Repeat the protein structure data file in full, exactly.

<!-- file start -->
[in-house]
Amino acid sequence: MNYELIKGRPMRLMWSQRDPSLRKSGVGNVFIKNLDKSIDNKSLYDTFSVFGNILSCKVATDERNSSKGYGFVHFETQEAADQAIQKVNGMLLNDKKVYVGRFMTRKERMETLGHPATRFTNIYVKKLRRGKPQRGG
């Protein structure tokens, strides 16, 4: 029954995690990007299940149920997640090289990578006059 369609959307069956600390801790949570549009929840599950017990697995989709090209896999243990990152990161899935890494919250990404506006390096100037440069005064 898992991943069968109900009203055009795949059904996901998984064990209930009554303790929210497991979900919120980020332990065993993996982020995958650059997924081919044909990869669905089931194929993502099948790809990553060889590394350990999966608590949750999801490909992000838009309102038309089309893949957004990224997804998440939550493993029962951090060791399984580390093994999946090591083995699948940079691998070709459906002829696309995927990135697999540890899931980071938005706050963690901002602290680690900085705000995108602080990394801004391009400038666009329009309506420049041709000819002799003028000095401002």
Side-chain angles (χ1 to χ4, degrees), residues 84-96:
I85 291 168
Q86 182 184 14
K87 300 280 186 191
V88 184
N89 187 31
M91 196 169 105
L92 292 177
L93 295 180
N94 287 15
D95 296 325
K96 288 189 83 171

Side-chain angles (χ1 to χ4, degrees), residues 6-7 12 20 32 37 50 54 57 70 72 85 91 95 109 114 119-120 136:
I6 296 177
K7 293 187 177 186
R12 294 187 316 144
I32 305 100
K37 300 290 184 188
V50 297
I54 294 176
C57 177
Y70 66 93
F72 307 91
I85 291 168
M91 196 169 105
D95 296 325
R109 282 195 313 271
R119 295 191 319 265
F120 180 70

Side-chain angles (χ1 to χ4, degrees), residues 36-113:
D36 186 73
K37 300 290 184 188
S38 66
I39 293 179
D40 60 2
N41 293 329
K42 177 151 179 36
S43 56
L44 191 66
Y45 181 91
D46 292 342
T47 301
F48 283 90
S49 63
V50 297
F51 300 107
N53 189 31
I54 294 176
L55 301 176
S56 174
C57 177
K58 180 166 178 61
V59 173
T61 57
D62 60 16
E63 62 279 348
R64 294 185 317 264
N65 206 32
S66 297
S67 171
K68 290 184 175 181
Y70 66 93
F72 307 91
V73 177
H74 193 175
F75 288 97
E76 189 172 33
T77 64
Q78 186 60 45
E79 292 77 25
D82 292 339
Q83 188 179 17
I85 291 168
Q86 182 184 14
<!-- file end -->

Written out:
[in-house]
Amino acid sequence: MNYELIKGRPMRLMWSQRDPSLRKSGVGNVFIKNLDKSIDNKSLYDTFSVFGNILSCKVATDERNSSKGYGFVHFETQEAADQAIQKVNGMLLNDKKVYVGRFMTRKERMETLGHPATRFTNIYVKKLRRGKPQRGG
């Protein structure tokens, strides 16, 4: 029954995690990007299940149920997640090289990578006059 369609959307069956600390801790949570549009929840599950017990697995989709090209896999243990990152990161899935890494919250990404506006390096100037440069005064 898992991943069968109900009203055009795949059904996901998984064990209930009554303790929210497991979900919120980020332990065993993996982020995958650059997924081919044909990869669905089931194929993502099948790809990553060889590394350990999966608590949750999801490909992000838009309102038309089309893949957004990224997804998440939550493993029962951090060791399984580390093994999946090591083995699948940079691998070709459906002829696309995927990135697999540890899931980071938005706050963690901002602290680690900085705000995108602080990394801004391009400038666009329009309506420049041709000819002799003028000095401002």
Side-chain angles (χ1 to χ4, degrees), residues 84-96:
I85 291 168
Q86 182 184 14
K87 300 280 186 191
V88 184
N89 187 31
M91 196 169 105
L92 292 177
L93 295 180
N94 287 15
D95 296 325
K96 288 189 83 171

Side-chain angles (χ1 to χ4, degrees), residues 6-7 12 20 32 37 50 54 57 70 72 85 91 95 109 114 119-120 136:
I6 296 177
K7 293 187 177 186
R12 294 187 316 144
I32 305 100
K37 300 290 184 188
V50 297
I54 294 176
C57 177
Y70 66 93
F72 307 91
I85 291 168
M91 196 169 105
D95 296 325
R109 282 195 313 271
R119 295 191 319 265
F120 180 70

Side-chain angles (χ1 to χ4, degrees), residues 36-113:
D36 186 73
K37 300 290 184 188
S38 66
I39 293 179
D40 60 2
N41 293 329
K42 177 151 179 36
S43 56
L44 191 66
Y45 181 91
D46 292 342
T47 301
F48 283 90
S49 63
V50 297
F51 300 107
N53 189 31
I54 294 176
L55 301 176
S56 174
C57 177
K58 180 166 178 61
V59 173
T61 57
D62 60 16
E63 62 279 348
R64 294 185 317 264
N65 206 32
S66 297
S67 171
K68 290 184 175 181
Y70 66 93
F72 307 91
V73 177
H74 193 175
F75 288 97
E76 189 172 33
T77 64
Q78 186 60 45
E79 292 77 25
D82 292 339
Q83 188 179 17
I85 291 168
Q86 182 184 14